To what extent should landlords who have breached fire safety rules be entitled to recover the costs of remedying such breaches from tenants by way of service charges? The Upper Tribunal (UT) considered that important issue in a case concerning a former office building that had been converted into 96 flats.
The building came to the attention of the local fire and rescue service when its fire alarm was disabled by a leak. A fire officer attended and found evidence that fire compartmentation and separation measures were inadequate. Given the building’s height, he also expressed concern that its lifts were inadequately protected against fire.
In the absence of any information about the material used to clad the exterior of the building, the officer assumed that it was an aluminium composite which represented a risk to all residents. Although that assumption subsequently turned out to be incorrect, the officer threatened to prohibit occupation of the building unless fire safety measures were instigated, including a 24-hour waking watch.
By the time that the problems identified by the officer had been remedied, a waking watch had been in place for about four months, at a cost of almost £58,000. The building’s landlord sought to recover that cost via tenants’ service charges. After many of them objected, however, the First-tier Tribunal (FTT) limited the landlord’s recovery to about £6,000. That sum represented the cost of the first seven days of the waking watch, prior to reinstatement of the alarm system.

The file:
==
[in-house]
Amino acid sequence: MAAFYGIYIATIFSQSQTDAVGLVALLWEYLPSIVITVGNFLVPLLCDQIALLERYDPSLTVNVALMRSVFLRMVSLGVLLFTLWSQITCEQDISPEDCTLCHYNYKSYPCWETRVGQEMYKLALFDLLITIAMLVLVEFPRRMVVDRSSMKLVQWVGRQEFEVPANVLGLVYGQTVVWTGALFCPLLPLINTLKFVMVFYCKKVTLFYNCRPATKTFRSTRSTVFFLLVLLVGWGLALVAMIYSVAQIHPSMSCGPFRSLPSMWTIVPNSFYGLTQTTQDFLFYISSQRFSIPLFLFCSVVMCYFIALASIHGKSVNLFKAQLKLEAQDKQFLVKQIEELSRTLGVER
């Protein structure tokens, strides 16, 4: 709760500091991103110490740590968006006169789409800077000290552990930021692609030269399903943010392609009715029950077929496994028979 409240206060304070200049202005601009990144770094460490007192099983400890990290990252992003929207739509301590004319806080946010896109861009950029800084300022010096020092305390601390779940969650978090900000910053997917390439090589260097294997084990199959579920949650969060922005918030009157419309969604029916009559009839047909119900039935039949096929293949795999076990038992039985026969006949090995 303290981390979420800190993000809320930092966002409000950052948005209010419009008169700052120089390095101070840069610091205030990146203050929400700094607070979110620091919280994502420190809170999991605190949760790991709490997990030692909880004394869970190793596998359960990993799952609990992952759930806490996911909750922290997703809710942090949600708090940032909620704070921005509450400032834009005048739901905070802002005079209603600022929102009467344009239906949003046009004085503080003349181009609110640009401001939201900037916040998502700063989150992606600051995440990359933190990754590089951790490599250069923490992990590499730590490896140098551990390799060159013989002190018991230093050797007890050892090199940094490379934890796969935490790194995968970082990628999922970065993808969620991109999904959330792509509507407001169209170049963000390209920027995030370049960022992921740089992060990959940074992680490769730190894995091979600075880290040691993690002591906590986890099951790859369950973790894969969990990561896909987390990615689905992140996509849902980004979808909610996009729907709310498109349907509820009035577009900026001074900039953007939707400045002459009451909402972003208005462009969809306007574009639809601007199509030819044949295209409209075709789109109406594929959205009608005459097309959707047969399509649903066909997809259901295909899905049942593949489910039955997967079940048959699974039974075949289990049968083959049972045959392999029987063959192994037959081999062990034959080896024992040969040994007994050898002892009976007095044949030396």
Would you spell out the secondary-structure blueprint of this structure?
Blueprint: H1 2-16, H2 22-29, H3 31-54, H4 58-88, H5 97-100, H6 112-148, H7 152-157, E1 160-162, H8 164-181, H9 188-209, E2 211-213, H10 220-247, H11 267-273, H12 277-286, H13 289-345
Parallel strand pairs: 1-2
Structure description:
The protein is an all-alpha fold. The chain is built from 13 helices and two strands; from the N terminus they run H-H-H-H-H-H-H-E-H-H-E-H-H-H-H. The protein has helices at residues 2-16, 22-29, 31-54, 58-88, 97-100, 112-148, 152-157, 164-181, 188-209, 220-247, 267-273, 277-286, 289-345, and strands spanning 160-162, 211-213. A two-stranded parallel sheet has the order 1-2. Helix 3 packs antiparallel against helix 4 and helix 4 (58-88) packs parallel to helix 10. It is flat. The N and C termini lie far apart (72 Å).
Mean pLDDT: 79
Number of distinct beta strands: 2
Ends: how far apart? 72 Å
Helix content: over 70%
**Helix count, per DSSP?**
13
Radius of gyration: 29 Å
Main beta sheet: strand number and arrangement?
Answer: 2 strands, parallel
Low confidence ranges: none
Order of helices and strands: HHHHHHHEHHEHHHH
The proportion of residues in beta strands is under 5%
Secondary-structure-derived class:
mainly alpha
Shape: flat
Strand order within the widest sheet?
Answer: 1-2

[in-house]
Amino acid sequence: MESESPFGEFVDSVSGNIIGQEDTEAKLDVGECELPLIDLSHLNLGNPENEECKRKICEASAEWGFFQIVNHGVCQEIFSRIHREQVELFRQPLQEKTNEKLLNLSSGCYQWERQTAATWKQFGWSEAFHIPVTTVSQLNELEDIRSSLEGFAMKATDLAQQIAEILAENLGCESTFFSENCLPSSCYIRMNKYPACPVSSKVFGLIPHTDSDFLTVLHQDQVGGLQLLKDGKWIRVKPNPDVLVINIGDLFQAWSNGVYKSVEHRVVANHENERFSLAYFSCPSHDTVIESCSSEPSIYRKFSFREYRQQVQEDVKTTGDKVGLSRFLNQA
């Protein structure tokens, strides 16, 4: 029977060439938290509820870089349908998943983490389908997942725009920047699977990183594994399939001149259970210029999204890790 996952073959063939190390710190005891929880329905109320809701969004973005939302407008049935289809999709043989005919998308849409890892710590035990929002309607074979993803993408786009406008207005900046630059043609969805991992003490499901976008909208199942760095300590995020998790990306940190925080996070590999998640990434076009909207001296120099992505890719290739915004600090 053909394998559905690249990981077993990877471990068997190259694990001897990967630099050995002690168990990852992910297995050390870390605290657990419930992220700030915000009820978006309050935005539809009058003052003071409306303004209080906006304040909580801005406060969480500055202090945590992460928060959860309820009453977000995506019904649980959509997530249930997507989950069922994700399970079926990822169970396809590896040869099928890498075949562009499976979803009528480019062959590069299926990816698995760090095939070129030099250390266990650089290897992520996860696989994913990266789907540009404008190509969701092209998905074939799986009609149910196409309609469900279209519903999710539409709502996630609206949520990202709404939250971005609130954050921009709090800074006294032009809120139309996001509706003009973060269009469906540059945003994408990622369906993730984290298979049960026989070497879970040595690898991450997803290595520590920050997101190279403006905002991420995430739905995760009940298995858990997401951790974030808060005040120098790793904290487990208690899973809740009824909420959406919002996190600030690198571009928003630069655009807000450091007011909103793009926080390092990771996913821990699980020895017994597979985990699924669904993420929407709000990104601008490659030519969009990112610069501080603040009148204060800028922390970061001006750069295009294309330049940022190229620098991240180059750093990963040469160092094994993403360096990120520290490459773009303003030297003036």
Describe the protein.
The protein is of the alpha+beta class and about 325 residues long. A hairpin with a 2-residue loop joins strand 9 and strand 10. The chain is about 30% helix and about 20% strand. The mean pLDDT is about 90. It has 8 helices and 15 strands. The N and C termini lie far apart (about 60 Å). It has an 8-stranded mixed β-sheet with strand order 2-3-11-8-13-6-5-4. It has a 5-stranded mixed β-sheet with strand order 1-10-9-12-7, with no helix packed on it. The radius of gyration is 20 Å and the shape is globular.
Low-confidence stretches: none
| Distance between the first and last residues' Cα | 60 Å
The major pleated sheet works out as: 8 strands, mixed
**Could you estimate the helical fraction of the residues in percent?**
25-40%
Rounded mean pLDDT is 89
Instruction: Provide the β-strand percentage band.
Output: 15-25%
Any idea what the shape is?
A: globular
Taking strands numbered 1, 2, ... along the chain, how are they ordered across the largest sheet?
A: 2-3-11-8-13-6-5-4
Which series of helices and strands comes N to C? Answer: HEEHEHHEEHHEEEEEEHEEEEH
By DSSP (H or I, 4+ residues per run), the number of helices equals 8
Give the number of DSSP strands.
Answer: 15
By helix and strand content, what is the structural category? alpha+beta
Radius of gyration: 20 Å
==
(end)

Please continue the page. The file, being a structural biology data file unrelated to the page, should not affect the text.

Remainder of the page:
Ruling on the landlord’s challenge to that outcome, the UT noted that a fire risk assessment was conducted whilst the building was undergoing conversion. It found a medium likelihood of the building catching fire and stated that it was essential that efforts be made to reduce that risk. It recommended that the assessment should be reviewed at regular intervals, usually not exceeding 12 months.
The UT observed, however, that there was no evidence that either the landlord or its managing agents had taken any steps to review the assessment or to commission a further assessment after it acquired the building’s freehold. The landlord’s continuing duty under Article 9 of the Regulatory Reform (Fire Safety) Order 2005 to commission a suitable and sufficient fire risk assessment remained unfulfilled when the waking watch was imposed.
Had an up-to-date fire assessment been commissioned when it should have been, the defects would have been identified and remedied prior to the fire officer’s visit. Most of the cost of the waking watch was thus wholly avoidable and attributable to the acts or omissions of the landlord or its agents. On that basis, it was open to the FTT to find that it would be unreasonable to include that cost on tenants’ service charge bills.